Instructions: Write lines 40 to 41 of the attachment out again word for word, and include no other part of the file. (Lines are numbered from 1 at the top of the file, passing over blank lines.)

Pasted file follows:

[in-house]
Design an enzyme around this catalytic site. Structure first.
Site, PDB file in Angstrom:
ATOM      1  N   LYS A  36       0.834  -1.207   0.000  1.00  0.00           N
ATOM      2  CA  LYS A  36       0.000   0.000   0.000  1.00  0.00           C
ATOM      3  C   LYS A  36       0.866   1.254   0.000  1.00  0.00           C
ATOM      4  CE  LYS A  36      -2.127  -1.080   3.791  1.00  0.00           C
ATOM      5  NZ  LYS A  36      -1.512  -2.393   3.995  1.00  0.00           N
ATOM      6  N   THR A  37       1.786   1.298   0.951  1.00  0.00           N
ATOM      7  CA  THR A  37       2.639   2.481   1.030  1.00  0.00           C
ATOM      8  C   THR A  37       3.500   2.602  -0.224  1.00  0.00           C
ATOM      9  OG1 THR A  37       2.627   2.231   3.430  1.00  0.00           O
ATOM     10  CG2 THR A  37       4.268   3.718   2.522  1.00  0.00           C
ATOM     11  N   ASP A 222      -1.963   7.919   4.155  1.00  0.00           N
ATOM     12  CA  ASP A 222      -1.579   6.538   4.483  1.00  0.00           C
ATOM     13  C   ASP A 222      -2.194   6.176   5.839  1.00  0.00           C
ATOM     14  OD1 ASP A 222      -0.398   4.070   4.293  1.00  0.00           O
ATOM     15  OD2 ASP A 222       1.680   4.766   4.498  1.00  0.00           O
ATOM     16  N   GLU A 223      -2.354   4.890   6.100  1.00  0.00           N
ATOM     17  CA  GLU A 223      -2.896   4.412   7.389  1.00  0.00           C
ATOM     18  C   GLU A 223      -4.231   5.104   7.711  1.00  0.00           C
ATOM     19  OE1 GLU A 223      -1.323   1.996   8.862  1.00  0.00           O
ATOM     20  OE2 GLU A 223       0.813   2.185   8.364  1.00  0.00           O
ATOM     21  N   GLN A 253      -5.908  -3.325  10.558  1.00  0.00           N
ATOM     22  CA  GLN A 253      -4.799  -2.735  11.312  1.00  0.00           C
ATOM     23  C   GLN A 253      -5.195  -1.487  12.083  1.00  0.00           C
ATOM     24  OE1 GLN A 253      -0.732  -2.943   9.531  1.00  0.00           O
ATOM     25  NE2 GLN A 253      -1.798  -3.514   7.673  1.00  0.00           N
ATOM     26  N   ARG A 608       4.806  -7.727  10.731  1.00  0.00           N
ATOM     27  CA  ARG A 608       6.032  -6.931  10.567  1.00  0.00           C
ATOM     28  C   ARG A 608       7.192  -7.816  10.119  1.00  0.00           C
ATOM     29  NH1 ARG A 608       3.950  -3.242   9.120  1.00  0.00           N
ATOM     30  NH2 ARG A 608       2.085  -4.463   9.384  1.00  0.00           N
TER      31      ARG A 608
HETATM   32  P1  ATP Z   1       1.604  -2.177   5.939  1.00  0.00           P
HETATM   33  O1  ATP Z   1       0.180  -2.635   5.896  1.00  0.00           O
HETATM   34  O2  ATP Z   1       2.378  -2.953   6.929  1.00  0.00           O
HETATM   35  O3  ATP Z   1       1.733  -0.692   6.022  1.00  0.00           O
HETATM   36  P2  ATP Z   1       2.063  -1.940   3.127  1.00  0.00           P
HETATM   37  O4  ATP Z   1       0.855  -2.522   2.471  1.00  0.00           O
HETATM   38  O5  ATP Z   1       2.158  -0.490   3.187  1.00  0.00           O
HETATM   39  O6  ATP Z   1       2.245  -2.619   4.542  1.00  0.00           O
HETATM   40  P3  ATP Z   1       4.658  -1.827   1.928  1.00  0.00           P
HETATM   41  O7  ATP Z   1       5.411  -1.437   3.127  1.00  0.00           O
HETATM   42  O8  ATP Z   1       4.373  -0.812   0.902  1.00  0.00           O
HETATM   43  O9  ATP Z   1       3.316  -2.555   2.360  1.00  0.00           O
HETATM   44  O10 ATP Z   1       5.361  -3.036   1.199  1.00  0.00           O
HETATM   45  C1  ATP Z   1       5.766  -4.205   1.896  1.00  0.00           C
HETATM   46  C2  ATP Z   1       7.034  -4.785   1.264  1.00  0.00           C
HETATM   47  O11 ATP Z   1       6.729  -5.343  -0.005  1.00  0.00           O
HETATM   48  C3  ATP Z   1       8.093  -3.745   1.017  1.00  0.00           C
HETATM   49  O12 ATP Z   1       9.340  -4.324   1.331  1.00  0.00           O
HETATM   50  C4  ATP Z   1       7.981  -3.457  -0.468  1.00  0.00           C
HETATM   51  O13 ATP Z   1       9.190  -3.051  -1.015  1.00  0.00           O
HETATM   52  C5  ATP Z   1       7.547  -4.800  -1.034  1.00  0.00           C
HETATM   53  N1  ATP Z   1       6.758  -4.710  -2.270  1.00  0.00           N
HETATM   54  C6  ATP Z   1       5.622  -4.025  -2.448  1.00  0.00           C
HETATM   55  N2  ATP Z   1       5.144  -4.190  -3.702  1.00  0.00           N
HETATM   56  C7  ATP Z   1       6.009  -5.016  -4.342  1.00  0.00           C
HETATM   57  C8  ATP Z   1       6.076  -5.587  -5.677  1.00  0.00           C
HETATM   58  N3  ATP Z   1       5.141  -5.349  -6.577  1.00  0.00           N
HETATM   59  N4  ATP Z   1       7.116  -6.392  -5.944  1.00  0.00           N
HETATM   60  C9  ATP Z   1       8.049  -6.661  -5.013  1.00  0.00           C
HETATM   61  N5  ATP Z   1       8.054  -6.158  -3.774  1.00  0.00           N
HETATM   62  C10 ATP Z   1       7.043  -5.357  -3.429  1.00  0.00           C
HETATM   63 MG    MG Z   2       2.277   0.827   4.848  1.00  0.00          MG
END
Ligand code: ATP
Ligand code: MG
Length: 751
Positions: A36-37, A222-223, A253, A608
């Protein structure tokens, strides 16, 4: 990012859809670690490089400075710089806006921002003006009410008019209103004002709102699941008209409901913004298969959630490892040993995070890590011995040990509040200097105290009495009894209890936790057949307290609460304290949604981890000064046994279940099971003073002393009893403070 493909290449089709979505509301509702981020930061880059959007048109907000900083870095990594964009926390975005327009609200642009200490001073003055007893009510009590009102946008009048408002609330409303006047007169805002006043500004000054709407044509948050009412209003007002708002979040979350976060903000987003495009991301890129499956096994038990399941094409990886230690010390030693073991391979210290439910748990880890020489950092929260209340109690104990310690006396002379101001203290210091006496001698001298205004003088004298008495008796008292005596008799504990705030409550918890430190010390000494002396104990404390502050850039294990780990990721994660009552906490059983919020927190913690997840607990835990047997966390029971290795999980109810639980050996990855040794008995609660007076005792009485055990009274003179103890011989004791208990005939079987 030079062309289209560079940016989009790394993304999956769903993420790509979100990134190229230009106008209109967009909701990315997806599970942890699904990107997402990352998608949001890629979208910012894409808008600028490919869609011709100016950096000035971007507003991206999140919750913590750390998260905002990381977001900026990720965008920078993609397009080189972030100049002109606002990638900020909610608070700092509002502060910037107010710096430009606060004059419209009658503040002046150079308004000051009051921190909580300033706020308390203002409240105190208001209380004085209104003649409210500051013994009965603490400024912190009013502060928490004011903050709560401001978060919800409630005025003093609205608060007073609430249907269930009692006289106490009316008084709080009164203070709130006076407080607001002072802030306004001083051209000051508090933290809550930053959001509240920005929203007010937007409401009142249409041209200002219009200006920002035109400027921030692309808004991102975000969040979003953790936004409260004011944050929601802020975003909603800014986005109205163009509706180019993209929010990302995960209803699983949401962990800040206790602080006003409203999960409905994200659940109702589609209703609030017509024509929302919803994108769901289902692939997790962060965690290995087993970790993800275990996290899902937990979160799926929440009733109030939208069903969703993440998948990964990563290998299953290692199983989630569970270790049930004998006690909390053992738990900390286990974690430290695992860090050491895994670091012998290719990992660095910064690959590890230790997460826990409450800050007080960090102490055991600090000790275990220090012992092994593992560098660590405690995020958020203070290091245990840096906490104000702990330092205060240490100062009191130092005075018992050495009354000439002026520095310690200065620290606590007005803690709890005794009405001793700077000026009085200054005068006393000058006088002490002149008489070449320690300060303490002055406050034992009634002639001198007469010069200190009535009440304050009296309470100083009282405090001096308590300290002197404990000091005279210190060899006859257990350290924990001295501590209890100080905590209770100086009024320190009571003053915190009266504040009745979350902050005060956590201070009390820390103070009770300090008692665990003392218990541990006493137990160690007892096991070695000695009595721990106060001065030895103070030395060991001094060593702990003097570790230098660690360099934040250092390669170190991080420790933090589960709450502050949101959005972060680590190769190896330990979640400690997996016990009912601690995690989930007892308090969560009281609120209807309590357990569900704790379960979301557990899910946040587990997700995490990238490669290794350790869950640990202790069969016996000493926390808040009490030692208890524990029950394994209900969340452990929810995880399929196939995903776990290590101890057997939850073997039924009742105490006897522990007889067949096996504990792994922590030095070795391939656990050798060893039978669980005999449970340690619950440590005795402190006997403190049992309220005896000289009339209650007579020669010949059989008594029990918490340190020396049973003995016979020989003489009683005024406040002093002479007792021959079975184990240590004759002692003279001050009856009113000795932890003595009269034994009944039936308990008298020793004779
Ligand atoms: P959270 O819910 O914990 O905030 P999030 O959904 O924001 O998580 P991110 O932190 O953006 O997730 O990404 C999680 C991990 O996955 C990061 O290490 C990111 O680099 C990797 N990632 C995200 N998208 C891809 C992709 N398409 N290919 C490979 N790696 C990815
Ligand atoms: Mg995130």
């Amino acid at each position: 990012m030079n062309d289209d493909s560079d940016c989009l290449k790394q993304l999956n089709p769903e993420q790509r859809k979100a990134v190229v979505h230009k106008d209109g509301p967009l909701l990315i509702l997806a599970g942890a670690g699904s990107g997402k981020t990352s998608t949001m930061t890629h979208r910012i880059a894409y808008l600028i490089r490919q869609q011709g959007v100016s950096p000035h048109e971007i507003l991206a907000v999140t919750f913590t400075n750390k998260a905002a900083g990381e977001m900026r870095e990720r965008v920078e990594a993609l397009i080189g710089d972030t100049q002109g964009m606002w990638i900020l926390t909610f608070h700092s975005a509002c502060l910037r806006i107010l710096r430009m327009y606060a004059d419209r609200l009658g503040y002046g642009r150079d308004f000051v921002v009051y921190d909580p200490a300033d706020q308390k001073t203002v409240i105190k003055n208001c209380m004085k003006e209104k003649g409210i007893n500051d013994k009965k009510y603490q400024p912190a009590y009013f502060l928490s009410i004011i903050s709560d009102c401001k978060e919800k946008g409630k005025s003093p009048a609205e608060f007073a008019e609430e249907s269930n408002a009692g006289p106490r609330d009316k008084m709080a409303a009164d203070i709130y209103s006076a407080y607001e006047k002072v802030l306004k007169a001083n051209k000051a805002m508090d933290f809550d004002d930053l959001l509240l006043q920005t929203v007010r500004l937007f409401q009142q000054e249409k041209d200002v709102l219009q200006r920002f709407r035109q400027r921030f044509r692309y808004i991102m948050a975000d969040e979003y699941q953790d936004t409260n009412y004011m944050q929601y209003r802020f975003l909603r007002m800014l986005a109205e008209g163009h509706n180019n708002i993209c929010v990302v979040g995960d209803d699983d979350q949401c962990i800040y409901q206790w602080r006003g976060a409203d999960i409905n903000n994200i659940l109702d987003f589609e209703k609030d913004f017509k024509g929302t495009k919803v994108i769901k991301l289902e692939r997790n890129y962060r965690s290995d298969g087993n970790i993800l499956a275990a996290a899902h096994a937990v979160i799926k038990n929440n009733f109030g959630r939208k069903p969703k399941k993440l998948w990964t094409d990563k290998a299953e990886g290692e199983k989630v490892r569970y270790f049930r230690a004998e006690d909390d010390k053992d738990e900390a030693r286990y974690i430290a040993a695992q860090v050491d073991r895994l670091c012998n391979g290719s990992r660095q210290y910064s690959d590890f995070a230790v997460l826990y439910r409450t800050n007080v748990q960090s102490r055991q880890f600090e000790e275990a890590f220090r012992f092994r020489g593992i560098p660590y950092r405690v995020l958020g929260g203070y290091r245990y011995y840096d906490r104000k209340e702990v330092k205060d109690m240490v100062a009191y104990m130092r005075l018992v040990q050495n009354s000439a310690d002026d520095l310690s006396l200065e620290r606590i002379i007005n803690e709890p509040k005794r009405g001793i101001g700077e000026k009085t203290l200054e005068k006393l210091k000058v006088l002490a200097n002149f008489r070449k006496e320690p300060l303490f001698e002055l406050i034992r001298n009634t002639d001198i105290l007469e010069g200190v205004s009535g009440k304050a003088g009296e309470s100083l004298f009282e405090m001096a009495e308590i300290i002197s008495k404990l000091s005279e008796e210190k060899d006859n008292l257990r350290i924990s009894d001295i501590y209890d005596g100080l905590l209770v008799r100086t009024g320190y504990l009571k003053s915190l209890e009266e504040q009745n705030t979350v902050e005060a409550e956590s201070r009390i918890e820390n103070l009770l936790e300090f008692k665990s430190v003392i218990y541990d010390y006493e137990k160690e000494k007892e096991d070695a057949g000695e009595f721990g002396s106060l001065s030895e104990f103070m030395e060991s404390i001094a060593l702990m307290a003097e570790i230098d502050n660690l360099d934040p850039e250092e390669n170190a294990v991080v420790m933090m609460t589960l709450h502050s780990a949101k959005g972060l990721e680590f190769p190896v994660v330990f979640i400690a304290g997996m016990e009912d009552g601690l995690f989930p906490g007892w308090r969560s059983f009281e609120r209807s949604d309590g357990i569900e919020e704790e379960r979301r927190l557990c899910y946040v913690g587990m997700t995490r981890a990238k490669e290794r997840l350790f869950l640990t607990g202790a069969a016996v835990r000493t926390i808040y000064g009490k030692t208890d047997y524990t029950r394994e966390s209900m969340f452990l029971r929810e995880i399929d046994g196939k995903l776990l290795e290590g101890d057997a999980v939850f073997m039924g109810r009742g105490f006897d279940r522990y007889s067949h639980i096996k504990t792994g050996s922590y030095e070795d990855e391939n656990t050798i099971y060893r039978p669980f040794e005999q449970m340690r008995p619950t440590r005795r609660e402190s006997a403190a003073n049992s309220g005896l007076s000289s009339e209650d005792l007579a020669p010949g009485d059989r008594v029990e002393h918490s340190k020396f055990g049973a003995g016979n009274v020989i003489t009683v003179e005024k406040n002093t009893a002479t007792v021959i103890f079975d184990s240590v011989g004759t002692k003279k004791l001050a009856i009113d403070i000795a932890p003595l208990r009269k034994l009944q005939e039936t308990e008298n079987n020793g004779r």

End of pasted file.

HETATM   37  O4  ATP Z   1       0.855  -2.522   2.471  1.00  0.00           O
HETATM   38  O5  ATP Z   1       2.158  -0.490   3.187  1.00  0.00           O